Gap Insurance for Your Car: Do You Need It?

Learn the basics of gap insurance—what it is, who needs it, and how to buy it.

Gap insurance, more accurately called gap protection, covers the difference between what you owe on your car and how much the car is worth. Not everyone needs gap insurance (also called "totaled insurance"), however. Do you? Learn the basics of gap protection: what it is, who needs it, and how to buy it.

What is Gap Insurance?

For many drivers, a standard auto insurance policy provides enough protection to cover the cost of repairs or replacement if their car is damaged or stolen. However, if you total your car and the car's actual cash value is lower than the amount you owe on your loan balance or lease, that difference, or "gap," is not covered by insurance. Your insurance company won't pay out more than the car is worth (before it was damaged)—so you will be responsible for paying that amount.

Gap protection—which is often referred to as insurance, though it is actually a debt cancellation agreement—is designed to cover this difference between auto value and auto loan. Before you pay for gap protection, though, consider how a gap occurs and how you can close it.

Why There's a Gap

Negative equity—when your car is worth less than what you owe on it—puts car buyers and lessees at risk because an auto insurance policy won't pay out more for repairs or replacement than the auto is worth.

Here's an example of how negative equity happens:

Auto loan (5 years @6%): $25,000
Loan balance (after one year): $20,580
Car's actual value at time of loss: $19,000
Insurance deductible: $500
Amount insurance company pays: $18,500
Gap (loan balance—insurance payment): $2,080


Often, borrowers find themselves "upside down" (owing more than the auto is worth) through a combination of factors, including:

  • Taking out a loan with an extended term. A longer loan term not only means lower payments, it means you build equity in the vehicle much more slowly.
  • Depreciation. All cars depreciate, but some lose value much more quickly than others. According to some estimates, certain cars lose as much as 30% of their value within the first three months.
  • Putting little or no money down. If you finance all or nearly all the price of the car, you could be upside down as soon as you drive home, because a new car depreciates most at the moment it becomes "used."
  • Borrowing more than the purchase price. Borrowers who finance the tax, license, and registration, or extras such as service plans and extended warranties, will find themselves upside down before leaving the lot.

Gap Insurance Protection: Is it Worth it?

You don't need to consider gap protection if, during your loan term or lease, you will not owe more than your car is worth. To determine whether or not you're likely to be upside down and for how long, research the expected depreciation rate for your car. Kelley Blue Book online will tell you how much last year's model is worth today. Then, using an online auto loan calculator, such as the Auto Loan Calculator at www.Bankrate.com, calculate at what rate you will build equity in your vehicle. Use the two tools together to determine your equity (or lack thereof) at various points during the loan term.

Before you buy gap protection, make sure you're not already covered. It's common for leasing companies to include the coverage in the lease agreement for their own protection. And some auto insurance policies include gap protection as part of their standard coverage.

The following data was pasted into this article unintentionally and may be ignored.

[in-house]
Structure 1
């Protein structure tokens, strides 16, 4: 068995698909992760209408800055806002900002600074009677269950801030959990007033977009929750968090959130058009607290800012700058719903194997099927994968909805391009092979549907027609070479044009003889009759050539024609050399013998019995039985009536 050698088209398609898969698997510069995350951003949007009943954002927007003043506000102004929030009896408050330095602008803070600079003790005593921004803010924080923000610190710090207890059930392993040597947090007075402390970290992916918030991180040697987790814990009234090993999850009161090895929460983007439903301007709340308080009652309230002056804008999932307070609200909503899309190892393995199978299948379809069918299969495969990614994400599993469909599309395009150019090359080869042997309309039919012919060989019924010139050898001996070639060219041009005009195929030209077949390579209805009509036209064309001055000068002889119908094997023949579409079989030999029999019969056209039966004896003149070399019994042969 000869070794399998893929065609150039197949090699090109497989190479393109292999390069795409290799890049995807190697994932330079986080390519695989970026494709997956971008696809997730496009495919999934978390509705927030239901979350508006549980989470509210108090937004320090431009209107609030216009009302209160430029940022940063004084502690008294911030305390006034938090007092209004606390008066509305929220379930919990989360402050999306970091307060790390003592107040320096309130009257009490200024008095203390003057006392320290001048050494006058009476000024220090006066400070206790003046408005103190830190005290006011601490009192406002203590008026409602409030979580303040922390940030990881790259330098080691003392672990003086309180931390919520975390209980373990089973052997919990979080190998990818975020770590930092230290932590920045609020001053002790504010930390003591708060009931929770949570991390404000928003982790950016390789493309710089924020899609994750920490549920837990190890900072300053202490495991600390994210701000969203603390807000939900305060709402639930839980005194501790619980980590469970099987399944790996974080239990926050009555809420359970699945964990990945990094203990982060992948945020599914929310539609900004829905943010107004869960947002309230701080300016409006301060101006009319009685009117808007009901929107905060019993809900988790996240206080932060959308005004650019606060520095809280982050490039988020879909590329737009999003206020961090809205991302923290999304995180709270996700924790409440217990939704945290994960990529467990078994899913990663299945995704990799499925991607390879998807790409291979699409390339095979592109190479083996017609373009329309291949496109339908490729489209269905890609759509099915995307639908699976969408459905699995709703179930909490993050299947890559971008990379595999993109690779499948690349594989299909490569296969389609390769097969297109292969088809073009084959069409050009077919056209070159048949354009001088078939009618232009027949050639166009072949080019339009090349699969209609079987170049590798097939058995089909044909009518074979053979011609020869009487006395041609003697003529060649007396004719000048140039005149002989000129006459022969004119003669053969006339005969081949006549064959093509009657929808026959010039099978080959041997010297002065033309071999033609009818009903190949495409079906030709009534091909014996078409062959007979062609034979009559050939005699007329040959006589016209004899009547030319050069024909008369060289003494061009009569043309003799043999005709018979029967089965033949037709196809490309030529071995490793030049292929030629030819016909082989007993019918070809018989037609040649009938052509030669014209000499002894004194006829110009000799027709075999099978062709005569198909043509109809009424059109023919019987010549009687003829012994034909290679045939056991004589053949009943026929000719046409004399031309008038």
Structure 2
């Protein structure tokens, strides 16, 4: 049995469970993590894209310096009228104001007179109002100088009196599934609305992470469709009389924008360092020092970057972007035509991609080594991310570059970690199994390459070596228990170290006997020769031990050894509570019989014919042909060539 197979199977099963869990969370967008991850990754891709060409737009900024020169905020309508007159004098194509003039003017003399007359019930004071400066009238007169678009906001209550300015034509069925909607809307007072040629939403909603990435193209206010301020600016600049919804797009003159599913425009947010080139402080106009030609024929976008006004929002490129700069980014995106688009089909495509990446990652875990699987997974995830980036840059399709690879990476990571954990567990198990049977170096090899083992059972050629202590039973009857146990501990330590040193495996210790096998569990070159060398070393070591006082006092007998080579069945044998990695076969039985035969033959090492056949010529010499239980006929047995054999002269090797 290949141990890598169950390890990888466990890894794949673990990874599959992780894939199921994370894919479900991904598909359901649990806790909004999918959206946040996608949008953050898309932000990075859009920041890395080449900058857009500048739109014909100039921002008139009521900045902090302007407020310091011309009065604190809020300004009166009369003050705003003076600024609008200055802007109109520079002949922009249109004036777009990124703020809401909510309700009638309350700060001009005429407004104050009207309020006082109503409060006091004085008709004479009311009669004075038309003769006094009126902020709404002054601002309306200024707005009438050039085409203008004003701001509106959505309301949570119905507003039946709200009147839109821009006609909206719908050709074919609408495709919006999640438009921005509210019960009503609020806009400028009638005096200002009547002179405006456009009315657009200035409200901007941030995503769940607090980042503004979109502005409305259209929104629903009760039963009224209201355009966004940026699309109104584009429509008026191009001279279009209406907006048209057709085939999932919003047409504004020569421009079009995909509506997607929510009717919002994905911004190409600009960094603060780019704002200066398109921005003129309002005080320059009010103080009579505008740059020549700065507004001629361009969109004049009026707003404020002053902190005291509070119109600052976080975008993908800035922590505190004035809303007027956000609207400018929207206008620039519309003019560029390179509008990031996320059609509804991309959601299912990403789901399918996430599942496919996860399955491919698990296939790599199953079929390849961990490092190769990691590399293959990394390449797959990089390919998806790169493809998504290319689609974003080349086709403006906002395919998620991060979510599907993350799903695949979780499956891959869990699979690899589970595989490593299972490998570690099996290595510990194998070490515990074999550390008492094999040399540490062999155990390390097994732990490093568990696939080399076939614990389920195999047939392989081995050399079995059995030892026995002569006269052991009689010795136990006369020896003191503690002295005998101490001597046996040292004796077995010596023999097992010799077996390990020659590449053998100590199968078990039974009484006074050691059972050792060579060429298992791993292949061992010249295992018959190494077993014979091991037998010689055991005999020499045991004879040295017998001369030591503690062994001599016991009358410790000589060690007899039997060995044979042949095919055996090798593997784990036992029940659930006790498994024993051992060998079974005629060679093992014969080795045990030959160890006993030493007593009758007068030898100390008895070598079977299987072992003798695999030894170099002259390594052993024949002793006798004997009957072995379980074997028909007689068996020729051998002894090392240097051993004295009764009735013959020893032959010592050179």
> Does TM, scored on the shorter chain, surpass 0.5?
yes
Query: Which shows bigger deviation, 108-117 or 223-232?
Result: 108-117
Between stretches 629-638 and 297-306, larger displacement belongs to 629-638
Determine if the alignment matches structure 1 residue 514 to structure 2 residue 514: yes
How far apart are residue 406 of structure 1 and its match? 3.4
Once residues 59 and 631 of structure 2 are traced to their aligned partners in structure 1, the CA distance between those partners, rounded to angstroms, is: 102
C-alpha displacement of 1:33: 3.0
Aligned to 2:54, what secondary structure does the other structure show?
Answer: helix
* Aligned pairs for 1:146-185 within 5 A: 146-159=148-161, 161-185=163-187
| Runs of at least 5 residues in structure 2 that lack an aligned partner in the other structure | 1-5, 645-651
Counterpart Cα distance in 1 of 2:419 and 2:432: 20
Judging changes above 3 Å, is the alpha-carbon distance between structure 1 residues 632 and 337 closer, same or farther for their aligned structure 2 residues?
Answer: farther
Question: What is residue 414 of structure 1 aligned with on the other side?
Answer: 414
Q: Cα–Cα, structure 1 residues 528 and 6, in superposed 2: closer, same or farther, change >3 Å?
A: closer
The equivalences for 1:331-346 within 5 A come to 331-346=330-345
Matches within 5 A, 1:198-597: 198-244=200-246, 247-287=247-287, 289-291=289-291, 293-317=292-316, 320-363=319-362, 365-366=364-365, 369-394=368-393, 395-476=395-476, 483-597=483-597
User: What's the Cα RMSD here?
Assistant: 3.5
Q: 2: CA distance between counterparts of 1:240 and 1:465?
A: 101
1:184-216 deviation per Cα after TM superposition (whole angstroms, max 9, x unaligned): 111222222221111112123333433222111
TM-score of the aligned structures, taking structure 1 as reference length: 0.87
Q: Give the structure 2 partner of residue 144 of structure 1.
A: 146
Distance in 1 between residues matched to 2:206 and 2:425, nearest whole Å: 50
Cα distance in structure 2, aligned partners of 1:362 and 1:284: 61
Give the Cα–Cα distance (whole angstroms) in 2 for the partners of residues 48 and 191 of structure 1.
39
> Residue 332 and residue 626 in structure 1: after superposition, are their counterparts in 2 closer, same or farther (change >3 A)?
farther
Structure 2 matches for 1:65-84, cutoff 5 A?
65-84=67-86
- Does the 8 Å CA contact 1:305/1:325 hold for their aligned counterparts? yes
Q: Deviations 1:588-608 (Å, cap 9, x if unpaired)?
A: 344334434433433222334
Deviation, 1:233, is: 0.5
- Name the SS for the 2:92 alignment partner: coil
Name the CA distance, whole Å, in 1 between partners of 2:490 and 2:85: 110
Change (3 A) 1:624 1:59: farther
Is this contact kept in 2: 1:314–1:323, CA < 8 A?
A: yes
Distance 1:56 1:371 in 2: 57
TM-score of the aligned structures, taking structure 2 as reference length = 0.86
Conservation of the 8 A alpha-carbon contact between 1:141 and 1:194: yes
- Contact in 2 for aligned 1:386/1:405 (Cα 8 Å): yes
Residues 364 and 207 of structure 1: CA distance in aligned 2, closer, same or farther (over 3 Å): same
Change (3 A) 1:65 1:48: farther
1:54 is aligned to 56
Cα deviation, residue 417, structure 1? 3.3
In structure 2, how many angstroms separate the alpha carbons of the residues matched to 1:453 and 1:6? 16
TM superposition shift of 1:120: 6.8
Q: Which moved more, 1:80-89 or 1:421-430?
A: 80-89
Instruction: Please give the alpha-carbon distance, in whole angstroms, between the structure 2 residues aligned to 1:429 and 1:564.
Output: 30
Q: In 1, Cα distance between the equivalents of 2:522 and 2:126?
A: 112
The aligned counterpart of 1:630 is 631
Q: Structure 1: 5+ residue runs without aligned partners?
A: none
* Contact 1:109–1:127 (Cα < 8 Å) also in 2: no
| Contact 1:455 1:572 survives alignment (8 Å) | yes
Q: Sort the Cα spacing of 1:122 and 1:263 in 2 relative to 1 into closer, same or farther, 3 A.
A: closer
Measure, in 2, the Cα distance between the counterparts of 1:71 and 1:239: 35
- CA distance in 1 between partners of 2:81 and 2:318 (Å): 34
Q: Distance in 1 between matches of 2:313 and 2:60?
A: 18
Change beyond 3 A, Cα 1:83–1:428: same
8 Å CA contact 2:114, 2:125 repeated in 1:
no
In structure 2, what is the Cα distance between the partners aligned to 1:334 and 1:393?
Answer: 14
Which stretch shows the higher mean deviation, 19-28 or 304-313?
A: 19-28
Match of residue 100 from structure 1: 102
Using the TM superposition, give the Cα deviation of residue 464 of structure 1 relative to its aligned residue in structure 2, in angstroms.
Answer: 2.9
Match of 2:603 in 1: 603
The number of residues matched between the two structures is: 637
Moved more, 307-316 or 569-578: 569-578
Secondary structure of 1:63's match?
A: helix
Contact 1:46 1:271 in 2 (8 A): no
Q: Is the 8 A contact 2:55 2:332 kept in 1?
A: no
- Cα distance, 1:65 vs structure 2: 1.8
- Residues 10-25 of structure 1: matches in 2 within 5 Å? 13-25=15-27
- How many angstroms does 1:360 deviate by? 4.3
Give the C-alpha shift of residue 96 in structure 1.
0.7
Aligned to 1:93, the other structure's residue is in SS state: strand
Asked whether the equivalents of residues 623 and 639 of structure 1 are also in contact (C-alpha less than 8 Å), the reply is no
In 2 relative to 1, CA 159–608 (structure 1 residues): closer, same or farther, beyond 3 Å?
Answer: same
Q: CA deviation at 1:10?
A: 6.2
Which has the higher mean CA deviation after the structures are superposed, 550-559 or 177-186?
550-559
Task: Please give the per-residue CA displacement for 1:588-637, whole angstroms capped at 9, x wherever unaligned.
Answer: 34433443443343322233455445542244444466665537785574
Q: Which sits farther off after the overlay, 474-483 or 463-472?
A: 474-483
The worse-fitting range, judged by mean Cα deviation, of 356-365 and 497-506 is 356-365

Buying Gap Protection

Gap coverage is available in most, but not all, states. Most often, car buyers purchase gap coverage through the lender financing their purchase, though insurance companies and online vendors offer it, too.

Gap protection from dealers and vendors. If purchased through any source other than your insurance company, the cost of gap coverage is typically a one-time charge in the hundreds of dollars.

Gap protection from your insurance company. However, if you buy gap coverage from your auto insurance company, it will most likely be billed as a small addition to your regular premium. Because it's not a one-time charge, you will continue paying for the coverage each time you pay your premium, until you cancel it. So, don't forget to calculate, now and then, whether you've closed the gap and can forgo the additional expense. (For more information about auto insurance, see Buying Insurance for Your Car.)

Shop around. Though it might appear that all gap protection is the same, some products offer more than others. For example, some types of coverage reimburse your insurance deductible, and some offer vehicle replacement, even if the price of the car has increased. Because of the differences, you can't shop by price alone.

Here are other things to look out for when shopping for gap protection:

  • As is consistent with their pricing on auto loans, car dealers tend to charge more for gap protection than some other sources do.
  • If you buy online, research the vendor before sending money or providing personal and payment information.
  • Whichever product you choose, make sure it covers you for all types of loss, including natural disaster, theft, and accident.
  • To avoid the need for gap coverage, make car buying and financing choices that put you right-side up—rather than upside down—from the start. (For information about getting a good deal on a new car, see Buying a New Car and Trading In Your Old One. If you plan to lease, see Car Leasing: Maintenance, Repairs, and More.)

More Information

To learn more about cars and driving, as well other legal topics affecting the average American, get Nolo's Encyclopedia of Everyday Law, by the Editors of Nolo.

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